A P-selectin affinity column was prepared by incubating 2 mg of P-selectin-IgG-Fc fusion protein with 1 ml of protein-A agarose (Pierce) overnight at 4°C and then quenched with PBS buffer before washing with equilibration buffer (PBS containing 0.1% CHAPS, 1mM CaCl2). A control column was prepared by coupling 2 mg of human IgG-Fc using same procedure. Biotinylated membrane proteins were diluted to a concentration of 1 mg/ml using equilibration buffer and pre-cleared with Protein-A agarose for 1 h at 4°C. Biotinylated membrane proteins (3 ml) were loaded onto either the P-selectin affinity column or the control IgG-Fc column and incubated on the column with gentle mixing for 2 h at 4°C. Unbound protein was eluted with equilibration buffer until absorbance at 280 nm reached baseline levels. Bound proteins were eluted with PBS containing 10 mM EDTA, 0.1% CHAPS, and 0.02% sodium azide. Eluted proteins were concentrated using Centriplus YM-3 centrifugal filter devices (Millipore, Bedford, MA).
Gel sections containing the major polypeptides eluted from the P-selectin affinity column, as judged by Coomassie-blue-staining, were excised and digested with 0.25 μg trypsin (Promega) for 8 h using a Progest In-gel Digester (Genomic Solutions, Ann Arbor, MI). Digested samples were lyophilized to dryness and resuspended in 50:50 (v/v) 0.2% formic acid:acetonitrile. Samples were then spotted onto a sample stainless steel MALDI plate and mixed with 0.3 μl of 33% saturated α-cyano-hydroxycinnamic acid. Mass spectrometric (MS) analyses, were then performed on an Applied Biosystems 4700 Proteomics Analyzer in the positive ion and reflector modes. The MS was internally calibrated using autolytic tryptic peptides and the MS/MS calibrated externally using the fragment ions of the angiotensin I M+H ion (m/z 1296.68). A focus mass of m/z 2000 was used for the MS acquisition. For the MS/MS analyses, 1000 V was used for the collision energy and argon used as the collision gas with a recharge threshold set at 1.0×10-7 torr. Protein identification was then performed by interrogating both the MS and the MS/MS using MASCOT and the entire NCBI non-redundant database. Search parameters included an allowance of two missed tryptic cleavages, a 0.06 Da mass tolerance for the MS data, a 0.1 Da mass tolerance for the MS/MS data, and an allowance for variable oxidation of methionine residues. The identity of the two Coomassie blue stained polypeptides with human nucleolin was assigned by comparison of the observed mass fingerprint with the predicted mass fingerprint of nucleolin in the database. In addition, relevant mass peaks were subjected to electrospray ionization for MS sequencing using an electrospray ionization tandem MS (QT, Micromass, U.K.) to confirm mass fingerprint analysis.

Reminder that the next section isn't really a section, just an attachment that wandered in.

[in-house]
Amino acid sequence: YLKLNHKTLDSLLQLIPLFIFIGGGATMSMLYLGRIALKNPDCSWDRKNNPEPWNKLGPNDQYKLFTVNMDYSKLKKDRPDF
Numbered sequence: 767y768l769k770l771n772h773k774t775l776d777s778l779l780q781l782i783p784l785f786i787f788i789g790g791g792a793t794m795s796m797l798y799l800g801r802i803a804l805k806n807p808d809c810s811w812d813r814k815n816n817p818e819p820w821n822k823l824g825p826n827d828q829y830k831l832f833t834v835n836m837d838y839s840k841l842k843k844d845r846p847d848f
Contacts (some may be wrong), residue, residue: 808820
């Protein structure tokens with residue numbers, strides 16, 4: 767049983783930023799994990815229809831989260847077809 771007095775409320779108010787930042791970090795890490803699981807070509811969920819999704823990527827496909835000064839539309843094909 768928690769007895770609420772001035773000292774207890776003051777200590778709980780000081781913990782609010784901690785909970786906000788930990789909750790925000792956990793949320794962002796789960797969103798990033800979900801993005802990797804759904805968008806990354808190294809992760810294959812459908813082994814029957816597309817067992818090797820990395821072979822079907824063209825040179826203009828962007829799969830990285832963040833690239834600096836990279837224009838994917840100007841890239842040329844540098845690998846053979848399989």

Adhesion assays were carried out essentially as described . Briefly, 96-well tissue culture clusters (Costar, Corning, NY) were coated by overnight incubation at 4°C with 20 μg/ml P-selectin-IgG-Fc in PBS or 10 μg/ml protein G (Pierce) in 50 mM Na2CO3/NaHCO3, pH 9.5. Plates were washed with PBS and then incubated for 2 h at room temperature with 20 mg/ml heat-denatured BSA (Calbiochem, San Diego, CA) in presence or absence of 20 μg/ml a mAb anti-nucleolin or non-immune mouse IgG. After washing, 5×104 cells were added to each well for the times indicated in the figure legends. Attached cells were gently washed once with PBS, fixed, stained with 0.05% (w/v) crystal violet (Sigma) and destained. Dye solubilized with 10% acetic acid was quantified at 575 nm using a Spectra MAX 250 ELISA reader (Molecular Devices, Sunnyvale, CA).
Immunofluorescence microscopy was performed as described  with non-permeabilized cells fixed with 3% paraformaldehyde. Immunofluorescence was documented with a LSM 410 inverted confocal laser-scanning microscope (Carl Zeiss, Oberkochen, Germany) equipped with an Omnichrome argon-krypton laser. Images were obtained with a Zeiss Plan-Apo 100X oil immersion objective (1.4 na).
Whole cell lysates or immunoprecipitates were resolved by 4-12% SDS-Tris polyacrylamide gel electrophoresis and then electrotransferred onto polyvinylidine fluoride (PVDF) membranes (Millipore, Bedford, MA) in Tris-glycine buffer containing 20% methanol. Proteins were detected by immunoblotting as described . In some cases, PVDF membranes were stripped of bound antibodies using 62.5 mM Tris-HCl, pH 6.7, 100 mM 2-mercaptoethanol, 2% SDS for 30 min 60°C and then reprobed as described in figure legends.
The siRNA sequence chosen to target nucleolin was 5′-GGCAAAGCAUUGGUAGCAATT-3′ (S1) in non-conserved regions of the nucleolin open reading frame (GenBank accession no. NM_005381). BLAST analysis showed no homology of the siRNA sequences to any other sequence in the Human Genome Database. The siRNA nucleotides were chemically synthesized and annealed by Ambion Inc. (Austin, TX). Nucleolin siRNAs (30 nM) were transfected in Colo-320 cells using siPORT NeoFX (Ambion). Scrambled siRNA for use as negative control was obtained from Ambion.